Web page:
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  • Nick Lander
Written by
  • Nick Lander
1 Jun 2013

This article was also published in the Financial Times.

June brings a smile to the faces of London's restaurateurs for a variety of reasons.

It is a full trading month without the public holidays that have disrupted their customers' diaries during April and May. There is a fair chance that those with outside seating will finally benefit from the warmer weather. And although there may be no empirical evidence to prove this, I am sure that people spend more when they can see the sun or feel it on the back of their necks rather than when they are stuck indoors.

Finally, a string of social and sporting events bring so many visitors into the capital. Ascot, Henley and Wimbledon attract an extremely high number of pleasure seekers and consequently boost demand for tables.

To maximise your pleasure, I have been poring over my notes to set out 20 favourites over four different categories: restaurants that exude a sense of history; those whose owners have a particular passion for wine; those with an almost tangible sense of fun; and, finally, those places where excellent food is served without pomposity.

London has long been the wine capital of the world as evinced by the history on show two weeks ago as the Vintners' Company celebrated its 650th birthday in Vintners' Hall by the Thames. But London's role as a wine entrepot, alongside its cool, damp, climate which make for such excellent cellars, has been augmented over the past decade by an influx of passionate wine lovers who have opened restaurants arguably more easily here than they could have done back home.

Hence the success of Frenchman Eric Narioo with Terroirs in Charing Cross Brawn in Hackney, Soif in Battersea, and The Green Man and French Horn in theatreland. Fellow countryman Xavier Rousset has matched this passion with his wine lists at Texture and the two branches of 28-50, Fetter Lane and Marylebone (pictured), while Vinoteca has blossomed into increasingly larger premises at Smithfield, Marble Arch and Soho thanks to the combination of Englishman Charlie Young and Kiwi Brett Woonton.

Restaurateurs Will Smith and Paul Corrett display their wine passion in different forms. Smith at Arbutus, Les Deux Salons and Wild Honey, where most wines are available in carafes of different sizes, and Corrett at Clos Maggiore, Covent Garden, where the list comprises some of the very best from the world over.

A recent family birthday saw six of us descend into the basement of Hawksmoor, Covent Garden, on a Monday evening, traditionally the quietest night of the week. It was packed thanks to great steaks, a dessert menu that is heaven for salted caramel lovers and, on this night of the week only, a £5 per bottle corkage policy. 

Experiences in a similar vein have occurred at Galvin Bistrot de Luxe, Baker Street, and at Bocca di Lupo, Jacob Kenedy's trattoria in Soho, particularly at the long counter opposite the open kitchen over lunch or early evening. Fun is an integral but unspecified element in the air on the seasonal British menu at The Grazing Goat, Marble Arch, and the recently opened Balthazar, Covent Garden.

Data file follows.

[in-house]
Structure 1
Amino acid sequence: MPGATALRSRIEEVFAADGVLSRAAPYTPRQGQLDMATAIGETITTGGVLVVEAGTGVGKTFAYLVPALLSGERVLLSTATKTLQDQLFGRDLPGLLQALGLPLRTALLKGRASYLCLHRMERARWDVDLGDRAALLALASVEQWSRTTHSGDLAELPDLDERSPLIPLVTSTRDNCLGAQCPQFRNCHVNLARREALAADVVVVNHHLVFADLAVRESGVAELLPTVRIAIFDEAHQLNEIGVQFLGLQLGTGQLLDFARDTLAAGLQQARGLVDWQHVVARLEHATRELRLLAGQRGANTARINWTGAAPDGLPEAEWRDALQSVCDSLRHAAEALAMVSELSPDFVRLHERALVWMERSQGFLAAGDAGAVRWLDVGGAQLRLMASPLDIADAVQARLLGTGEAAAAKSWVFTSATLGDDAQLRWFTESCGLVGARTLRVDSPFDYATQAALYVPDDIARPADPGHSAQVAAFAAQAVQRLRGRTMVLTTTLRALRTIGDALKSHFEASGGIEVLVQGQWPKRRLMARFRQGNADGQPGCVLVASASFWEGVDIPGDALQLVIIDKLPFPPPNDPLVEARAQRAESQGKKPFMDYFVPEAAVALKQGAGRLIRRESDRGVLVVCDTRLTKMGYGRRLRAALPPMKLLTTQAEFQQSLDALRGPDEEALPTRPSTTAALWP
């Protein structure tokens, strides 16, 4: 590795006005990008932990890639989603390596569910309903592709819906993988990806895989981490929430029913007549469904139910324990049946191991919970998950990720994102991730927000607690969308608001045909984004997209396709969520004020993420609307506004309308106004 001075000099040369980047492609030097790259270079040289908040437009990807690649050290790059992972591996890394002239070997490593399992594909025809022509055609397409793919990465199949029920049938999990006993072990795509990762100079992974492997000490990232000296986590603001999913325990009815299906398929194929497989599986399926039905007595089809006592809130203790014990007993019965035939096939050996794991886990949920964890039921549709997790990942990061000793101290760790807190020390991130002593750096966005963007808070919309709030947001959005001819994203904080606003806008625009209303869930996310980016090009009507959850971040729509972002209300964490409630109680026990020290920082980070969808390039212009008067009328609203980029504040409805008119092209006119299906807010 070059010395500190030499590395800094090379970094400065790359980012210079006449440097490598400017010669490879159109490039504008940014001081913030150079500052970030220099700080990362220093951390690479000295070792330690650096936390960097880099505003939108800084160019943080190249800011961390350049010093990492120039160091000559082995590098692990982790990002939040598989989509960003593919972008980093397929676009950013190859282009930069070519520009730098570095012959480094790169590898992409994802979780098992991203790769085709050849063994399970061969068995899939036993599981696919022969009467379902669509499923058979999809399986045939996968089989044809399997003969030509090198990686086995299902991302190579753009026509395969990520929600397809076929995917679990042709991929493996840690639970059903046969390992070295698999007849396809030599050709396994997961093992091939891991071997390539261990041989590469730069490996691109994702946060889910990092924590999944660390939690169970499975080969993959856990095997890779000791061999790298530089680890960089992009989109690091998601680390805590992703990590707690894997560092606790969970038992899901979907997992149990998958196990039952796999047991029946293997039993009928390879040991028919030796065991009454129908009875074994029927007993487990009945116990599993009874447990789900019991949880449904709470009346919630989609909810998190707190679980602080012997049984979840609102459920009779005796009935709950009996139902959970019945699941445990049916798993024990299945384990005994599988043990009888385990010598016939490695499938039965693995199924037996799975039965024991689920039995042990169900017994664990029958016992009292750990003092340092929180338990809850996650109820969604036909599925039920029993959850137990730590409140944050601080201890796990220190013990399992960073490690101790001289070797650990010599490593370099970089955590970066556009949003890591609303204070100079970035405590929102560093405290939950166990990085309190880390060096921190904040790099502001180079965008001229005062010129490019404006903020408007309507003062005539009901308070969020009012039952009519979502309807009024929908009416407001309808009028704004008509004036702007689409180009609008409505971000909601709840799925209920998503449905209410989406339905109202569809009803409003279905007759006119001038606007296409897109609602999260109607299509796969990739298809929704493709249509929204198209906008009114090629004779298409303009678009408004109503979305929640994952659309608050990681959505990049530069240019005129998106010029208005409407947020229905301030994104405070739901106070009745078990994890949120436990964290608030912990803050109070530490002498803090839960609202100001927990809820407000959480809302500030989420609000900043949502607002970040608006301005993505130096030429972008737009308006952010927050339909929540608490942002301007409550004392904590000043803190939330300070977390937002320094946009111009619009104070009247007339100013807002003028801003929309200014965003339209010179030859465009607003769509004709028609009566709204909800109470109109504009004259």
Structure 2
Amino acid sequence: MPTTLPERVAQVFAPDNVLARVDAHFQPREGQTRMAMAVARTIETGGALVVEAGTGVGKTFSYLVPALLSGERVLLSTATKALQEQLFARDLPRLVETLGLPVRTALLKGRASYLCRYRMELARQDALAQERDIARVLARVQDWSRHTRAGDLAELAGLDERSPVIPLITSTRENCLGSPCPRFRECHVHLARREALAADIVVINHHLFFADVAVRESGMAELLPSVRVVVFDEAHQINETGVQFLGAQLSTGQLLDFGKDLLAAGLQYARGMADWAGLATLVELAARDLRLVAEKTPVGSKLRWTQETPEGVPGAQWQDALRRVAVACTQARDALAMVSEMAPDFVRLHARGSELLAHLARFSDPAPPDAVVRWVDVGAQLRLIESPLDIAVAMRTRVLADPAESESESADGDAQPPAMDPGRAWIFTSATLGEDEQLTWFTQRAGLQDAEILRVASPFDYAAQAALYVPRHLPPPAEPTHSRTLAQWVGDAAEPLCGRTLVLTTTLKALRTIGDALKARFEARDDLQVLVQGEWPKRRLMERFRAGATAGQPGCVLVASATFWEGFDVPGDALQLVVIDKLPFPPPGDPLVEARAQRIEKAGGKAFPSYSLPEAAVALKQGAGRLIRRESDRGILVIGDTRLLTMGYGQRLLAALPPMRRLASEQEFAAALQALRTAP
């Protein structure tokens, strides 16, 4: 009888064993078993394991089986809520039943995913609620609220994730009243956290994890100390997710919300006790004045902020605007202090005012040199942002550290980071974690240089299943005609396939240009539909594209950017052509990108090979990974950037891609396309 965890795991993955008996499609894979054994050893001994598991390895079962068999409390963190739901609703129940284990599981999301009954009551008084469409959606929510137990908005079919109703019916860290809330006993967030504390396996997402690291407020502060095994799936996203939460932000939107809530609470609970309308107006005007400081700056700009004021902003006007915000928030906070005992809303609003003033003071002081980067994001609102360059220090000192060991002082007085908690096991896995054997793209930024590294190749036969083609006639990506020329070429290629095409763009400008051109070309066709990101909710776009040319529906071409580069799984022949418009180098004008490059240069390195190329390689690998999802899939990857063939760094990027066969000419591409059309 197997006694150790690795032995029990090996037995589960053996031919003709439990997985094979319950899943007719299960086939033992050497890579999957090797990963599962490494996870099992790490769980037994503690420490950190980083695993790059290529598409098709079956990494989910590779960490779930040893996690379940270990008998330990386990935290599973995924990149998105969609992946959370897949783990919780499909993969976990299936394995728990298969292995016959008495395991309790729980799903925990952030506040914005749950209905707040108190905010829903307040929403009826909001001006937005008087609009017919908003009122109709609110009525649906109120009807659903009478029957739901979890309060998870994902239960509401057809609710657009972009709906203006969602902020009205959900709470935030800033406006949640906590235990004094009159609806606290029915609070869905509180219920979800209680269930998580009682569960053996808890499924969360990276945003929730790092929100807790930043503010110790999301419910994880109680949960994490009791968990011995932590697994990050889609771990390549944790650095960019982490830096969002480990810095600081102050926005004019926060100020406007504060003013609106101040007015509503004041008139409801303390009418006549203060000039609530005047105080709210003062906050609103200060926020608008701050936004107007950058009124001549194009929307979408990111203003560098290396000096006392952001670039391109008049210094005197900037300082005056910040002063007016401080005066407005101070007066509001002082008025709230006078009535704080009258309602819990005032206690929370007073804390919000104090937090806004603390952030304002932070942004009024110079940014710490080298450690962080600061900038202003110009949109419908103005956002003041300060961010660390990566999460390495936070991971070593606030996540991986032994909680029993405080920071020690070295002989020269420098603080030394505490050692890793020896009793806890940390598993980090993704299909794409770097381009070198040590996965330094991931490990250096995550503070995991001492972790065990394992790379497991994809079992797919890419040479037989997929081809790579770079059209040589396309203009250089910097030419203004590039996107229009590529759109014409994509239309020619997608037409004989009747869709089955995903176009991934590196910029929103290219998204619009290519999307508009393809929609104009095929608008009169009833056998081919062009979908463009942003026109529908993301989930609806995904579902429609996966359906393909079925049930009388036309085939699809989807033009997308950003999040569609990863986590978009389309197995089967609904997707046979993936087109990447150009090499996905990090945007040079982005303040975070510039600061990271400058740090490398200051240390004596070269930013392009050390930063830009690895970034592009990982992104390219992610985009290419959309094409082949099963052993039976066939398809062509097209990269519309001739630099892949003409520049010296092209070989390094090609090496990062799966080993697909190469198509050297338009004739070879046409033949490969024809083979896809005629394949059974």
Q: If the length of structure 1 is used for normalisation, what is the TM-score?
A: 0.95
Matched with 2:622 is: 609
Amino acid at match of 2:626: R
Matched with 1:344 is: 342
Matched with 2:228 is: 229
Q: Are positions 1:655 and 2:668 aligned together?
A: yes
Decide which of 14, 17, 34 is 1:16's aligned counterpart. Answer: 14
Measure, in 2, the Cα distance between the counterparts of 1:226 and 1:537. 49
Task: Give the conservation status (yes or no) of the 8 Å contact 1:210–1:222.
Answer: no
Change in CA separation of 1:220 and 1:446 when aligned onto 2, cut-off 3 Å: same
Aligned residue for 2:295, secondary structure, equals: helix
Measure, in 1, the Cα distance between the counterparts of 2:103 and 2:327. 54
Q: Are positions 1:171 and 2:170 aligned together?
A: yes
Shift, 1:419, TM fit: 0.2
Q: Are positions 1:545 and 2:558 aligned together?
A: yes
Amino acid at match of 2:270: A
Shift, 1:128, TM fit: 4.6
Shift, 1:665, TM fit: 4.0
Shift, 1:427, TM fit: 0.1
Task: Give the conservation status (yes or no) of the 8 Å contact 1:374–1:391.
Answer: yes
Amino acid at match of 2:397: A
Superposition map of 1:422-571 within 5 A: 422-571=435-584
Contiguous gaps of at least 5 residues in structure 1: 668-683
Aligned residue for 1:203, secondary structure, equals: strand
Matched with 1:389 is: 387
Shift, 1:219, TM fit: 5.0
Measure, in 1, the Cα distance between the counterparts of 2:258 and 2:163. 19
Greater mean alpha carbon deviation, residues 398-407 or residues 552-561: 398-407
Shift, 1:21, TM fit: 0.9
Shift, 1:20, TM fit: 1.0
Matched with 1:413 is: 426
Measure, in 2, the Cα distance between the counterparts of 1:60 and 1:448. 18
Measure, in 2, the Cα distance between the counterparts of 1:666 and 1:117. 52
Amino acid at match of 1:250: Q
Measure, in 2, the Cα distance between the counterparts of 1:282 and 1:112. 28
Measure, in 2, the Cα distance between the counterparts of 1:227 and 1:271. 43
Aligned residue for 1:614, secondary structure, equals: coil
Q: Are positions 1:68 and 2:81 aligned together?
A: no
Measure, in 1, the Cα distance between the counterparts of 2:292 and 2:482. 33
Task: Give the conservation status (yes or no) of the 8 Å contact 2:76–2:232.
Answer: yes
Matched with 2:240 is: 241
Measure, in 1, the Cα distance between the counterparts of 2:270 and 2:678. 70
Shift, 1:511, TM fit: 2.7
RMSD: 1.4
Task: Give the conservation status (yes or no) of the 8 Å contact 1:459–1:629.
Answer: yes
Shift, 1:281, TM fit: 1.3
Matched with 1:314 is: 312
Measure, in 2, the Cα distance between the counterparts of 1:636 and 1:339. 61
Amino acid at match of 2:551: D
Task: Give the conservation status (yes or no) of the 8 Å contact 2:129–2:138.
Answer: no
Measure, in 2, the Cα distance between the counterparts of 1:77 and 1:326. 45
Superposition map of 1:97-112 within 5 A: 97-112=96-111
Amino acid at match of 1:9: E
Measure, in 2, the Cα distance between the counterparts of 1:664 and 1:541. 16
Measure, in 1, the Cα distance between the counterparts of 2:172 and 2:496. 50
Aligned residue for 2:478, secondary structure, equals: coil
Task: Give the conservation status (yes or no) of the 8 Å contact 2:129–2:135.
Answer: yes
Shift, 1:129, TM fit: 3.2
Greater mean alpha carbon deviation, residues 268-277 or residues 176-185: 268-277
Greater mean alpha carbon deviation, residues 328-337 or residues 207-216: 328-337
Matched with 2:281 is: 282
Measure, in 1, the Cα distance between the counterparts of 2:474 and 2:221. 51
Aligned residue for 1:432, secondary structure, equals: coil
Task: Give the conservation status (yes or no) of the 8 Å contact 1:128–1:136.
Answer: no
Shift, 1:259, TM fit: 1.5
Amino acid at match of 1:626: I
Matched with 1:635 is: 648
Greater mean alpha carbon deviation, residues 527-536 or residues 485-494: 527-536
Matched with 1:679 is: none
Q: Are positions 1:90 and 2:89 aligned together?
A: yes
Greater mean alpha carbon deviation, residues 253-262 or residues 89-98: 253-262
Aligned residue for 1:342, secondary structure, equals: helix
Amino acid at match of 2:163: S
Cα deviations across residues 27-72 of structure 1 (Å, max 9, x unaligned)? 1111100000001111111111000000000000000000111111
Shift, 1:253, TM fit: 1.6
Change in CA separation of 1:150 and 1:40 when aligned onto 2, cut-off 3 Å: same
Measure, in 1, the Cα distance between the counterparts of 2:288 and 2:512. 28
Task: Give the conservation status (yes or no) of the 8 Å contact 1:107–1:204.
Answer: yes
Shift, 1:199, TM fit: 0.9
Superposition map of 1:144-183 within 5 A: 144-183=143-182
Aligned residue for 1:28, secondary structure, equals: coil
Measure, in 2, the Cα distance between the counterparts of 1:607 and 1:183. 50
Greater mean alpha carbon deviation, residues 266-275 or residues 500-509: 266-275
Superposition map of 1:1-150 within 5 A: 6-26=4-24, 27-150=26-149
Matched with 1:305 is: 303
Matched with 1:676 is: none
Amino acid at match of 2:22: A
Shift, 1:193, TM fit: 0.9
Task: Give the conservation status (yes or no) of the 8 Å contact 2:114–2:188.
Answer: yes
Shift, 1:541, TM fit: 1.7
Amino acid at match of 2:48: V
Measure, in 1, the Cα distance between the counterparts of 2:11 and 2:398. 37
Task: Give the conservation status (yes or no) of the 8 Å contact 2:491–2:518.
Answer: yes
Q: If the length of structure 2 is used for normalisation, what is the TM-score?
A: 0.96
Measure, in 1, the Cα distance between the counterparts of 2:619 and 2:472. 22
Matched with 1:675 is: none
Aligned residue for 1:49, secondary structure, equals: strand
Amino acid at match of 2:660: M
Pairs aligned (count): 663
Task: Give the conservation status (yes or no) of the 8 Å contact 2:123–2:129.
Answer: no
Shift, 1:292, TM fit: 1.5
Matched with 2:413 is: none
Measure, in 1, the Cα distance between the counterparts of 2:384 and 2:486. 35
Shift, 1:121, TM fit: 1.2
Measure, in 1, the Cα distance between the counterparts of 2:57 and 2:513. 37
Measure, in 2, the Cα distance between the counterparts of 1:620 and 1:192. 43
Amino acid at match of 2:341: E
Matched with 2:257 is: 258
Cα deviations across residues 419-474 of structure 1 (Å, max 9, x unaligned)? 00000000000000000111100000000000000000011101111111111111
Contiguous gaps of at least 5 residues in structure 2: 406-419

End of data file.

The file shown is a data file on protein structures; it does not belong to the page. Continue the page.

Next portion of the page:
Smoked fish, grilled turbot and fruit crumble are still on the menu at Sweetings in the City as they have been since 1889 along with a no-reservation policy in a restaurant open only for weekday lunches. J Sheekey, right by Leicester Square, is a mere four years younger and offers a menu also focused on fish but its opening hours are far more customer friendly. It is open for lunch and dinner seven days a week. 

Jackson Boxer has breathed new life into what is still an architectural salvage shop in a lone Georgian mansion on the roundabout at Vauxhall to create the Brunswick House Café, a combination guaranteed to bring a smile to the face of any hungry customer. And the Hart brothers, Sam and Eddie, alongside chef Jeremy Lee, have worked the same magic on the four interlinking town houses that now form Quo Vadis, Soho.

My professional involvement as consultant to the developers on the urban regeneration under way at Kings Cross has brought me into close contact with the elegant Victorian architecture there. These charms have now been enhanced by three more New Zealanders, Chris Ammerman, Laura Harper-Hinton and Miles Kirby at Caravan, and, next door, The Grain Store, which opens on 10 June under French chef Bruno Loubet and Australian Michael Benyan, with a menu focusing heavily on vegetables.

The news that St John Bread & Wine in Spitalfield has just celebrated its 10th birthday left me wondering how much I have spent there over the years on just its sourdough loaves and unbeatable Eccles cakes for home, let alone on the larger dishes for four or six with friends.

Another excellent dim sum lunch at A Wong near Victoria reinforced my feeling that this restaurant is currently serving the freshest of its kind in London at the moment, while the sushi and correct style of service at Defune, near Baker Street, always remind me of Japan.

Finally, if we were to live in west London, I would find myself far more regularly at Hedone for the stylish approach to the freshest ingredients taken by Swedish chef Mikael Jonsson. And were we south of the river and within walking distance of Chez Bruce, Wandsworth, my credit card would reveal my appetite for everything Bruce Poole brings to the table.